Upswing for Oil Prices?
A turnaround seems inevitable; only question is when.
Energy explorers have what are called proven reserves and probable reserves. Proven reserves are a sure thing with current drilling techniques. Probable reserves are a little iffy. An explorer might find energy at the tip of Mount Kilimanjaro - but that doesn't mean they can haul the equipment to the top.
Off course the engineering companies and explorers sometimes fudge about how much they have. It's often thought that Aramco of Saudi Arabia exaggerates the amount of oil in the ground. Shell (RDS) got into a lot of trouble a few years ago when they had to come clean and lower reserve numbers.
According to a report from Citigroup, Anadarko (APC), Chesapeake (CHK), Canadian Natural Resources (CNQ) and Noble Energy (NBL) all trade at low net asset values compared to reserves. Anadarko, Chesapeake, and Noble's stocks all trade at about what their proven reserves are.
Canadian Natural Resources is a different story. It also has downstream (refining) and oil sands. These numbers are a moving target, as the price of oil and the stock markets gyrate.
What an investor needs to be mindful of are high debt levels. Chesapeake ran with $1 million in cash and over $13 billion in debt in the first quarter. That's insane! Can you imagine living off credit cards and barely making payments just because you expect your job to bail you out? (Oops, that's what everyone in America is doing.)
Anadarko has $1.7 billion due in bonds next years. After that, it is several years before more debt matures. Chesapeake's first loan of $1.25 billion is due in 2010. Canadian Natural has $2.35 billion due next year and then $5.33 billion in 2012. As long as a company can pay that off or roll it into a new bond, it will be okay. However, if Wall Street isn't in the mood to buy corporate debt, there could be a problem.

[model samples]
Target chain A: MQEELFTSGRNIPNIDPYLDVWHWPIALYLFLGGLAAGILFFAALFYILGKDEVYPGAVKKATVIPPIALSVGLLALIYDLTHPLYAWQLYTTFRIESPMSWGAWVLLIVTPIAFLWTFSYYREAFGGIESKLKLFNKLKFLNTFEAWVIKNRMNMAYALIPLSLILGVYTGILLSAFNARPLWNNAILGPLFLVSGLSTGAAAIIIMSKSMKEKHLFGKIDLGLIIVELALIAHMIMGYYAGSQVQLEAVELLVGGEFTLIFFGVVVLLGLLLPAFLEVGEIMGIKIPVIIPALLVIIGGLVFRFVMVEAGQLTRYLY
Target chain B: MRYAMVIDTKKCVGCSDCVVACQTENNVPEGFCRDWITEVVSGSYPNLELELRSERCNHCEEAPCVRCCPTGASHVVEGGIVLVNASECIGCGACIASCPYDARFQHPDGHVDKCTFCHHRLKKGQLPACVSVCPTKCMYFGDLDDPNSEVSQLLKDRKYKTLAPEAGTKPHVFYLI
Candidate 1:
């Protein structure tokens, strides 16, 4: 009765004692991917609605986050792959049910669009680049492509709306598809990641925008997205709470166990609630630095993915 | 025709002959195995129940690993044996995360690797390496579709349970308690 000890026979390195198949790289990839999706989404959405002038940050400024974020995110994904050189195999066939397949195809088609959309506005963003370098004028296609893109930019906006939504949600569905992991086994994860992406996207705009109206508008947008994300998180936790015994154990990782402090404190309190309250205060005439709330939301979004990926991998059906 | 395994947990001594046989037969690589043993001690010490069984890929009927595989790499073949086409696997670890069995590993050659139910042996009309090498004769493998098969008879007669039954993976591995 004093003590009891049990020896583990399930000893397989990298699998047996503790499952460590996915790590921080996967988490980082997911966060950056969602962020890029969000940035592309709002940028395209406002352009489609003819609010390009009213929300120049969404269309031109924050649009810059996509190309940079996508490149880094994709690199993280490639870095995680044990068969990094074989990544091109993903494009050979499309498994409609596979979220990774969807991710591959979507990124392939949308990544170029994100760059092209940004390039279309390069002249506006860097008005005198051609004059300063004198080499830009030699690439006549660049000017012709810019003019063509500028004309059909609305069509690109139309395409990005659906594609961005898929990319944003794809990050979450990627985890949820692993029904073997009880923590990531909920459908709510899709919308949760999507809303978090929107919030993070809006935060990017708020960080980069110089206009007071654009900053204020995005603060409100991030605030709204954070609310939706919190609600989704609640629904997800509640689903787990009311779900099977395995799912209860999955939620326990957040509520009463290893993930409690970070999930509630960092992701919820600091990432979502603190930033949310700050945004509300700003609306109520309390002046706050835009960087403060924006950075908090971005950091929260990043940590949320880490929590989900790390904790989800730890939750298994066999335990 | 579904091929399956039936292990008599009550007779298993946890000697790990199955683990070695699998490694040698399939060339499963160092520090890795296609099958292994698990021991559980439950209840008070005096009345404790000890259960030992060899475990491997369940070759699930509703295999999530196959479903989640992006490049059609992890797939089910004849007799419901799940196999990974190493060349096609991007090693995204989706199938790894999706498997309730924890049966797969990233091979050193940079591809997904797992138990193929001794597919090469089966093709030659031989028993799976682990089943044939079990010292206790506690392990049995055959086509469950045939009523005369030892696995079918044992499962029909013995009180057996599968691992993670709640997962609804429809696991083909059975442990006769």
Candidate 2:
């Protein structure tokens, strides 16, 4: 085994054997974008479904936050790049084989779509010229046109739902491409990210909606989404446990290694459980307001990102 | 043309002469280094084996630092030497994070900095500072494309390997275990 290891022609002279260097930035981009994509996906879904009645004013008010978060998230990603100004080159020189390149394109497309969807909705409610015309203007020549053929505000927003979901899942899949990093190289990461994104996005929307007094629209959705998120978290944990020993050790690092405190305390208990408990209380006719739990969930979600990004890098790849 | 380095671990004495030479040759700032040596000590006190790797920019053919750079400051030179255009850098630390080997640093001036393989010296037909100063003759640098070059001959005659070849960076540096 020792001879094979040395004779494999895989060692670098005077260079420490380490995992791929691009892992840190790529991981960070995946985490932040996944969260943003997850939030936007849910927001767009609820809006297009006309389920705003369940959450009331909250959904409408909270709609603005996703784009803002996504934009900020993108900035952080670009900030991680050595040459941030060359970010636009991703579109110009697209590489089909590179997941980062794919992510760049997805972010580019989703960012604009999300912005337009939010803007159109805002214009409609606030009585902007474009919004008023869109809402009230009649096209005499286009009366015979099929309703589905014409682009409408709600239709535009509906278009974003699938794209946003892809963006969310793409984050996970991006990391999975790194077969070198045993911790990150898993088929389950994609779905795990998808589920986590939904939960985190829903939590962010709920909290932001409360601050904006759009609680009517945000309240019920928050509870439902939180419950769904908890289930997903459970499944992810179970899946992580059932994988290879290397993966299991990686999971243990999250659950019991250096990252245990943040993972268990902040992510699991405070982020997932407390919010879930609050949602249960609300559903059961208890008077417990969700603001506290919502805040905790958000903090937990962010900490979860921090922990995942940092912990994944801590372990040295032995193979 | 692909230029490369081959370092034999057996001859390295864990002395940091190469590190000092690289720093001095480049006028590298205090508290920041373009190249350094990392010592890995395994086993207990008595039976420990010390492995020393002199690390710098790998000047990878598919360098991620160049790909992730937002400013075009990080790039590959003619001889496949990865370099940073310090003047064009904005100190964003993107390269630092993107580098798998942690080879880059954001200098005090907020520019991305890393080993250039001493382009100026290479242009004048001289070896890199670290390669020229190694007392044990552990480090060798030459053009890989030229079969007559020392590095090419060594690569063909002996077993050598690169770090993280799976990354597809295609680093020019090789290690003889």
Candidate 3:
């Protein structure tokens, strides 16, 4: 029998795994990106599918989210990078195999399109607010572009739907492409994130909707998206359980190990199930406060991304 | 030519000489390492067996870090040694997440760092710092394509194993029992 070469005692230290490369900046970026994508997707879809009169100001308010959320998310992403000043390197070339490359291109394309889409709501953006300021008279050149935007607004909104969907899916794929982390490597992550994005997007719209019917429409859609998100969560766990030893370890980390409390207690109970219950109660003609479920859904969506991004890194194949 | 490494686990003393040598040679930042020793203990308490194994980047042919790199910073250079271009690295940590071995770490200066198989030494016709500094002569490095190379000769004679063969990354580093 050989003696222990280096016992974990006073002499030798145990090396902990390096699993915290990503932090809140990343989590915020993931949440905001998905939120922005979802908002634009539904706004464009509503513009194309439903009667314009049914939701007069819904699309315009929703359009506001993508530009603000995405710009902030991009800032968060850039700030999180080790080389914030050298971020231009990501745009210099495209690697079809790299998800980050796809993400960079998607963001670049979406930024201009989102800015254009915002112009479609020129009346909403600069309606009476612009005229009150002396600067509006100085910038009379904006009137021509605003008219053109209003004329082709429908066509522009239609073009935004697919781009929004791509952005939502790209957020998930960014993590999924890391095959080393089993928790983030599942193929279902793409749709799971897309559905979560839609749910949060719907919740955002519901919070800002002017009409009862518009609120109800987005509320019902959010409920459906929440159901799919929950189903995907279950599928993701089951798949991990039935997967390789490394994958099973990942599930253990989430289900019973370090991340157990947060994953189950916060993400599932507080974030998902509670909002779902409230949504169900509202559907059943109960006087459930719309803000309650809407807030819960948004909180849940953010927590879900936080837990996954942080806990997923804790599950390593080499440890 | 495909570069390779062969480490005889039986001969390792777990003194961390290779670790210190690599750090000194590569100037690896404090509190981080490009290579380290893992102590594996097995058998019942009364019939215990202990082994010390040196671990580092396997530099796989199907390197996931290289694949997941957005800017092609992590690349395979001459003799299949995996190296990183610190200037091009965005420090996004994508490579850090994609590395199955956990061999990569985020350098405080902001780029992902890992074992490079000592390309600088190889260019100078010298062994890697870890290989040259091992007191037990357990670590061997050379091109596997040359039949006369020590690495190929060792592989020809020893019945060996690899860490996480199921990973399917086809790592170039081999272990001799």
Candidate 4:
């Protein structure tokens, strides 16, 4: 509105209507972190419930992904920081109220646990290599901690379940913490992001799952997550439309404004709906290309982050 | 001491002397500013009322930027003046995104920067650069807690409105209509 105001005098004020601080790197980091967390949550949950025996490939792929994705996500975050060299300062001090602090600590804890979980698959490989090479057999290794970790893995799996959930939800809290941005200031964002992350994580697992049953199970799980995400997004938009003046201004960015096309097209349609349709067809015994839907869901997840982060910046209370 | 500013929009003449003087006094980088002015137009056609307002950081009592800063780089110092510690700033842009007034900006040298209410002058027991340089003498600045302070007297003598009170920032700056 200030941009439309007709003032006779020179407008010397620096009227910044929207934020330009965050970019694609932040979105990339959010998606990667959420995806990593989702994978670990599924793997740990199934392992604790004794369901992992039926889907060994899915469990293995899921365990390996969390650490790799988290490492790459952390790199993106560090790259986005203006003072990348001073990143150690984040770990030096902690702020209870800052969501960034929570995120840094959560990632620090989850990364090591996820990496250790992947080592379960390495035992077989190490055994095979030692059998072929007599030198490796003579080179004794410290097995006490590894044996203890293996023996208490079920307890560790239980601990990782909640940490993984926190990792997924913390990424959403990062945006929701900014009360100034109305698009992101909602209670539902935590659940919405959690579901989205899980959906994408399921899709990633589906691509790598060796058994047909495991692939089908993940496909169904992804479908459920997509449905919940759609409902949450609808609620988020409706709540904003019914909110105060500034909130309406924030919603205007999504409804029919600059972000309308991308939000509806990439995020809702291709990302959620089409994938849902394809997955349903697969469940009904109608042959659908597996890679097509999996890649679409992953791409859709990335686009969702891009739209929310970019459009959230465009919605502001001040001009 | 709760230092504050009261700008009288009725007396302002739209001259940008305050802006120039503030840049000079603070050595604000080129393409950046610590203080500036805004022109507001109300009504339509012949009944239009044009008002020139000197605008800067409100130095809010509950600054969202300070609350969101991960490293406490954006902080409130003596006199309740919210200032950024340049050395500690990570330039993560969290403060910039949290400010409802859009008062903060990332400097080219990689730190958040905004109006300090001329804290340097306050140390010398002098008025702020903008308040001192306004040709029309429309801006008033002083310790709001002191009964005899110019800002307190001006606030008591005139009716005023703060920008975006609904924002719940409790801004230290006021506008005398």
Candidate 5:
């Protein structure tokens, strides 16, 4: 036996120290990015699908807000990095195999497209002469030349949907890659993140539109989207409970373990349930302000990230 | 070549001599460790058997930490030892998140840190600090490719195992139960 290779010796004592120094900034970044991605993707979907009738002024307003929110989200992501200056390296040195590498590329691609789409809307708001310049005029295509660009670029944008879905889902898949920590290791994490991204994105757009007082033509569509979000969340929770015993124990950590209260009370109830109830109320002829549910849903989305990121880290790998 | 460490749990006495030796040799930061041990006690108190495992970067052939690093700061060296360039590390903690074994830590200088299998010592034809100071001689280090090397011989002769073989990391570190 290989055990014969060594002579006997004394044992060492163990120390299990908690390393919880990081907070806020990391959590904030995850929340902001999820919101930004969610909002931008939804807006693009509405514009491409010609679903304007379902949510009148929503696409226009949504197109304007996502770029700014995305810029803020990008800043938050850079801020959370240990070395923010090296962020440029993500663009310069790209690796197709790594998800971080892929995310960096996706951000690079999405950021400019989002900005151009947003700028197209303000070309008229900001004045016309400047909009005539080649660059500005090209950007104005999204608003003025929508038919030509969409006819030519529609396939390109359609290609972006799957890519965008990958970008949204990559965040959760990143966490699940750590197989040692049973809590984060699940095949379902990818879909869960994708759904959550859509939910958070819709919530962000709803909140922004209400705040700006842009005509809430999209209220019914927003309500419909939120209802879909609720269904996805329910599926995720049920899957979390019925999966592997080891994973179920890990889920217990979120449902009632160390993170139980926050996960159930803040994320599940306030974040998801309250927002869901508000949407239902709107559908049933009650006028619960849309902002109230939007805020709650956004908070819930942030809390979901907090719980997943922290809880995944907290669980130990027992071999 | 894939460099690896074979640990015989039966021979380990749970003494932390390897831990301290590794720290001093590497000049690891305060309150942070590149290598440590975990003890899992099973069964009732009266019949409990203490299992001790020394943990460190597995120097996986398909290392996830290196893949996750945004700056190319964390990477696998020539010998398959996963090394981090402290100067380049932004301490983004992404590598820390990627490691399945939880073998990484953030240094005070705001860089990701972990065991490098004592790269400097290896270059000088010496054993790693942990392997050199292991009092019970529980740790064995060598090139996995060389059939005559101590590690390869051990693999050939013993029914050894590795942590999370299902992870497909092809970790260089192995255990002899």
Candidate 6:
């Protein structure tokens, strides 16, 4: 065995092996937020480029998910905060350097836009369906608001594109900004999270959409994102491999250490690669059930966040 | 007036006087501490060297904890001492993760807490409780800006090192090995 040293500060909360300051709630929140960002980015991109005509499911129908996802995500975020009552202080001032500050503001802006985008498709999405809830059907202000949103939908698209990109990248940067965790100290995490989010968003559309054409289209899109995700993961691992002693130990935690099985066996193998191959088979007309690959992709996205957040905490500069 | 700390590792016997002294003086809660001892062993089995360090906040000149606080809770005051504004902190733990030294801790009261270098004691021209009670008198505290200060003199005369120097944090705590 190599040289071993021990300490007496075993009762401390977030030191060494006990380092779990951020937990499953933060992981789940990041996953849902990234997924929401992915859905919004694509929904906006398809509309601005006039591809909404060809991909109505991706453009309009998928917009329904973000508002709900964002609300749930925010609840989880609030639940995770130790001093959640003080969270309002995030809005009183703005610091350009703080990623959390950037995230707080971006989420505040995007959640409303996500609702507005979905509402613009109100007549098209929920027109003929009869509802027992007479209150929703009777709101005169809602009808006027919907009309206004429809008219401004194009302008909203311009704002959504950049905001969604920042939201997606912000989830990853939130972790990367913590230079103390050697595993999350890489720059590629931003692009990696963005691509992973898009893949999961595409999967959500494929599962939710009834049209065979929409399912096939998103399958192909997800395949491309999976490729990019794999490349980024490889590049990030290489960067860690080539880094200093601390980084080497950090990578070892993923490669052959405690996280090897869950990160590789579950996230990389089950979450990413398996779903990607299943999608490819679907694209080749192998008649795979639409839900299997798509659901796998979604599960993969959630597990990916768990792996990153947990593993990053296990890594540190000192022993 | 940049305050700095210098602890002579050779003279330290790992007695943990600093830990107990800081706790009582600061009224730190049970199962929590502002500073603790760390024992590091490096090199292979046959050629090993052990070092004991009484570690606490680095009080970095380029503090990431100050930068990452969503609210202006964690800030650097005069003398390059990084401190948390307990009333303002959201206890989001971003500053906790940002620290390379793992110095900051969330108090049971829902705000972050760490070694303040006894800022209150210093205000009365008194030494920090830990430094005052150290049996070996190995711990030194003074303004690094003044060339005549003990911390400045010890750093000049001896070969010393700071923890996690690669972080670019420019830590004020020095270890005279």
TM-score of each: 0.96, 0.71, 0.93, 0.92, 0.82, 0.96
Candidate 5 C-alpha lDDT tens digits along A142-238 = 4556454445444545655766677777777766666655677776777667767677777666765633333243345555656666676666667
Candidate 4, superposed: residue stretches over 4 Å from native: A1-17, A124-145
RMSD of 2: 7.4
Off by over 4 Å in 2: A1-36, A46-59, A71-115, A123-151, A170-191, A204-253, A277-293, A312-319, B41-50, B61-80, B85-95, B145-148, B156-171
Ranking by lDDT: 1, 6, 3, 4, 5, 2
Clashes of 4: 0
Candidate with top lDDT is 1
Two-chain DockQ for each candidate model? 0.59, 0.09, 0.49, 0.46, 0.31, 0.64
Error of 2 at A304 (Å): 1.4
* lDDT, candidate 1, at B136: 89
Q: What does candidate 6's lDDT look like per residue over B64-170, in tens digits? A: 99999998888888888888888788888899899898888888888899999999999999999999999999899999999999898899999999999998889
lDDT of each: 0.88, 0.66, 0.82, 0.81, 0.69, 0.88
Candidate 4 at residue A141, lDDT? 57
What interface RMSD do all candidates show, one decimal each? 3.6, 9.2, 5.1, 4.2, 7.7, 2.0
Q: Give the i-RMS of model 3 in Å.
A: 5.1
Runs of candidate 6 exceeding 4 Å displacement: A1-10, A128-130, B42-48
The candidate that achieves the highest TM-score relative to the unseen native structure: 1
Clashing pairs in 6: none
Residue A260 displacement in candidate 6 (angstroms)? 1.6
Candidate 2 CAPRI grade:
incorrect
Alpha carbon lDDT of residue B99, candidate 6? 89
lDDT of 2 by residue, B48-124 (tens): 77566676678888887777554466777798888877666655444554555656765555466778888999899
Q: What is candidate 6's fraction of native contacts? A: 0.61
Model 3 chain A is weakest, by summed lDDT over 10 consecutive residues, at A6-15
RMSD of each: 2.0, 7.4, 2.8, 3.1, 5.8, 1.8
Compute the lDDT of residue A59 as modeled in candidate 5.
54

Watching a commodities company is like watching a mad scientist mix potions. Too much debt, and the company can go bankrupt. Too little debt, and it can't keep up with competition - and the stock and company lags behind. And don't forget, the wells they drill for eventually go dry.
Almost all commodity companies hedge exposure. Management would rather lock in a price than watch oil drop to $20 a barrel and scramble for capital like they did in the 1980s. One has to wonder how all of those derivatives will do with potential counterparty risk. If a company enters an order to sell a million barrels of oil at a strike price of $90, is the other party going to be around in 4 years to make good on that bet? What about swaps? How does this financial debacle affect energy producers?
If the current credit problems continue to roil through the markets, oil and natural gas might be a good place to find some cover. They say that American uses 25% of all oil, and yet represents only about 5% of the population. True - but that still means that everyone else uses 75% of oil. Even if we are in a deep recession, the demand for oil is predicated upon global consumption, not just US consumption.
Eventually the price of oil has to go back up. You just want to be in the right place to take advantage of it.
The information on this website solely reflects the analysis of or opinion about the performance of securities and financial markets by the writers whose articles appear on the site. The views expressed by the writers are not necessarily the views of Minyanville Media, Inc. or members of its management. Nothing contained on the website is intended to constitute a recommendation or advice addressed to an individual investor or category of investors to purchase, sell or hold any security, or to take any action with respect to the prospective movement of the securities markets or to solicit the purchase or sale of any security. Any investment decisions must be made by the reader either individually or in consultation with his or her investment professional. Minyanville writers and staff may trade or hold positions in securities that are discussed in articles appearing on the website. Writers of articles are required to disclose whether they have a position in any stock or fund discussed in an article, but are not permitted to disclose the size or direction of the position. Nothing on this website is intended to solicit business of any kind for a writer's business or fund. Minyanville management and staff as well as contributing writers will not respond to emails or other communications requesting investment advice.
Copyright 2011 Minyanville Media, Inc. All Rights Reserved.
Daily Recap Newsletter